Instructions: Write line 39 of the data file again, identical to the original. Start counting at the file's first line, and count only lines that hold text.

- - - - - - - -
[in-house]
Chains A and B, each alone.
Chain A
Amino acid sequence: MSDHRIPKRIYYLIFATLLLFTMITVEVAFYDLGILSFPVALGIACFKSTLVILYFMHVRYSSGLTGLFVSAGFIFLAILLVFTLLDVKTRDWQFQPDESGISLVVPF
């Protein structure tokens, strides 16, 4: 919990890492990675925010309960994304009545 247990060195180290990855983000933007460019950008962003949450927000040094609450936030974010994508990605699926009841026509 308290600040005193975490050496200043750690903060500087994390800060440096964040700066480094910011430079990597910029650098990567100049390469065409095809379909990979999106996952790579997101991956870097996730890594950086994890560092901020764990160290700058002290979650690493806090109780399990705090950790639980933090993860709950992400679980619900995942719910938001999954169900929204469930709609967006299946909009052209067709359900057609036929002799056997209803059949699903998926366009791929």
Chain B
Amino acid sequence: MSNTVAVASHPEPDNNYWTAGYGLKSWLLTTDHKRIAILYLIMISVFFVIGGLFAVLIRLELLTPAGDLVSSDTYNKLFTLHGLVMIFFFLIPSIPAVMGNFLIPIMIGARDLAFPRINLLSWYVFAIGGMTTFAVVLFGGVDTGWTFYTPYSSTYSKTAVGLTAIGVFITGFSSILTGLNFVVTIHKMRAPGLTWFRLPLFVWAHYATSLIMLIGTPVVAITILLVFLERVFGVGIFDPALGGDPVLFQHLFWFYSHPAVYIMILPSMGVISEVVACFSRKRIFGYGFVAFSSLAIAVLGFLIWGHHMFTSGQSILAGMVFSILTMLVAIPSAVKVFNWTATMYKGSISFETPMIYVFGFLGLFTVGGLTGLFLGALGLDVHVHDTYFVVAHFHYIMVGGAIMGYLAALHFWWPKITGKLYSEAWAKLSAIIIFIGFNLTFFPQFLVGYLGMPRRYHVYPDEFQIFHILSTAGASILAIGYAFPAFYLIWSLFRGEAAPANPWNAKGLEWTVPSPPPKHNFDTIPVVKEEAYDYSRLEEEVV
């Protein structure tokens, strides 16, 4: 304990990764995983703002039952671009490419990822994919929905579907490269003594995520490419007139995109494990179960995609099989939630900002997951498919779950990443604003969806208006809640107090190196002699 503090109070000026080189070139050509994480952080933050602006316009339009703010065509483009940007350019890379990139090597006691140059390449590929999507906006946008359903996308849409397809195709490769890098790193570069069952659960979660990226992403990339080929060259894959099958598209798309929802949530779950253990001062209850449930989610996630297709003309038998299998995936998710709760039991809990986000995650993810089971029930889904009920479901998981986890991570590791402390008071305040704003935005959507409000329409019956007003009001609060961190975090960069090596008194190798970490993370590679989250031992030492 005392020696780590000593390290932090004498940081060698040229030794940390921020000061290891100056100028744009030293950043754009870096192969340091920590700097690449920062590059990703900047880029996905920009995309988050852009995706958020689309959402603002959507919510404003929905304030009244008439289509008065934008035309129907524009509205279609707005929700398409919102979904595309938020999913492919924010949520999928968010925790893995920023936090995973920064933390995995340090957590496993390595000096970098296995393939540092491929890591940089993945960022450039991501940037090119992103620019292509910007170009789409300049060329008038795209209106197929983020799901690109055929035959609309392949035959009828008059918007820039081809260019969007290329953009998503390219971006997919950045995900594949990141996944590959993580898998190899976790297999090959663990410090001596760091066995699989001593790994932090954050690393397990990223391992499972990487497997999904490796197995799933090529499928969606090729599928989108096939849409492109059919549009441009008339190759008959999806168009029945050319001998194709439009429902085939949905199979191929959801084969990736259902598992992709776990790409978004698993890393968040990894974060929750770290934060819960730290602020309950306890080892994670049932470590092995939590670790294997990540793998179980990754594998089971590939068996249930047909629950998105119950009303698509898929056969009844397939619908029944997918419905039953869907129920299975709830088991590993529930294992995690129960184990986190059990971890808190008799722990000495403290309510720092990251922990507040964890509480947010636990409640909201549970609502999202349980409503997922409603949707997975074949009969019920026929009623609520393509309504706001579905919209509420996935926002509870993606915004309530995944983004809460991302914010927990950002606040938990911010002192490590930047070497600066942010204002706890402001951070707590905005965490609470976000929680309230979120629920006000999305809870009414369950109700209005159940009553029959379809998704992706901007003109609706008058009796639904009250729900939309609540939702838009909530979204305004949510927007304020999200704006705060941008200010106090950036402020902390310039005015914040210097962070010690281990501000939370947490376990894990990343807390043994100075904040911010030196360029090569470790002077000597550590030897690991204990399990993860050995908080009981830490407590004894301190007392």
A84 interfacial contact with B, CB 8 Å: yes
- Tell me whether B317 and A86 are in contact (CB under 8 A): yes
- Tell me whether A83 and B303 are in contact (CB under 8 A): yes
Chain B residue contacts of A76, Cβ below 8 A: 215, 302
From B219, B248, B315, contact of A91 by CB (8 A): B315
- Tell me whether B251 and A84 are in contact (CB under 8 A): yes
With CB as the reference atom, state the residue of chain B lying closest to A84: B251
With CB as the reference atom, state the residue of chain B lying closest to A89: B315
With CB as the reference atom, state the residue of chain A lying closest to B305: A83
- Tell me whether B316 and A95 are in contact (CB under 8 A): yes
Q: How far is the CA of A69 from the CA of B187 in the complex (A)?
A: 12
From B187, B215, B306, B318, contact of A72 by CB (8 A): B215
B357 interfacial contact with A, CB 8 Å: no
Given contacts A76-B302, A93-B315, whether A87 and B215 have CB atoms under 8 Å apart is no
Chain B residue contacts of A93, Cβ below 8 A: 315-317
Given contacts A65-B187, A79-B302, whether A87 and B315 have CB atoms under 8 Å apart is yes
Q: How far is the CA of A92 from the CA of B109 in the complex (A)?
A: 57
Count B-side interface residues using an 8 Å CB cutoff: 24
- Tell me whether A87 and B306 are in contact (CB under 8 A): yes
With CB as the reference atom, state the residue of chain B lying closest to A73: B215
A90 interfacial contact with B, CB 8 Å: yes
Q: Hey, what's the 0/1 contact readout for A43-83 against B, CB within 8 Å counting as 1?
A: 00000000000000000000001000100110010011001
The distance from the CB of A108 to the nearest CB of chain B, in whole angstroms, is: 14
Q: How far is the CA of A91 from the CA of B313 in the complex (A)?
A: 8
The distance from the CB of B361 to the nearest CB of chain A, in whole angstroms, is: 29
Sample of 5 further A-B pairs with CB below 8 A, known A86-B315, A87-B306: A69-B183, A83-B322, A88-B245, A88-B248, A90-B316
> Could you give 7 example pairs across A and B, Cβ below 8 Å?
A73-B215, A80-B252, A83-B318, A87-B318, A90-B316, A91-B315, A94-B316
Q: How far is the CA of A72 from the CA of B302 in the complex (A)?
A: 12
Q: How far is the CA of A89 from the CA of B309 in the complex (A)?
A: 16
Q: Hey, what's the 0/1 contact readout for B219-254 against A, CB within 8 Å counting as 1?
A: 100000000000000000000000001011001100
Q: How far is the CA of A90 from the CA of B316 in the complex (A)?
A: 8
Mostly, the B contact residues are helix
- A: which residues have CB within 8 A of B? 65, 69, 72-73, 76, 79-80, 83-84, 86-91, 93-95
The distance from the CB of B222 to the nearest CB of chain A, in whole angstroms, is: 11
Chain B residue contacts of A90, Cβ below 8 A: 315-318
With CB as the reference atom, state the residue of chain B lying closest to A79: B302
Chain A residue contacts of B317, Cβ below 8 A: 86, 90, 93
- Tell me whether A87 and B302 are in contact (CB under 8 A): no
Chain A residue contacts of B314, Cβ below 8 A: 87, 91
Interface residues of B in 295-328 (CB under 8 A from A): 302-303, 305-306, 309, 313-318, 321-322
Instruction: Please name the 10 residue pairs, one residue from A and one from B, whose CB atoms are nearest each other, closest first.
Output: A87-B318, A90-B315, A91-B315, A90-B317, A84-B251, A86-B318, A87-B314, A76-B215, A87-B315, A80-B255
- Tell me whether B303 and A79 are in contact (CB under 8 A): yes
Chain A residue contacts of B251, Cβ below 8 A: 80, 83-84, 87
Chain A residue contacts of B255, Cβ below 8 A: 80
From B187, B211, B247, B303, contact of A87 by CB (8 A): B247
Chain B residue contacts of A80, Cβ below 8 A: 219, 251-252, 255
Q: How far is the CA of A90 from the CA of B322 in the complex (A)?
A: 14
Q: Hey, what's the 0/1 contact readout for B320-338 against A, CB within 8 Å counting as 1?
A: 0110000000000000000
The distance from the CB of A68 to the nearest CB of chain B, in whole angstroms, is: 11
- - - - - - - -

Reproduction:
> Could you give 7 example pairs across A and B, Cβ below 8 Å?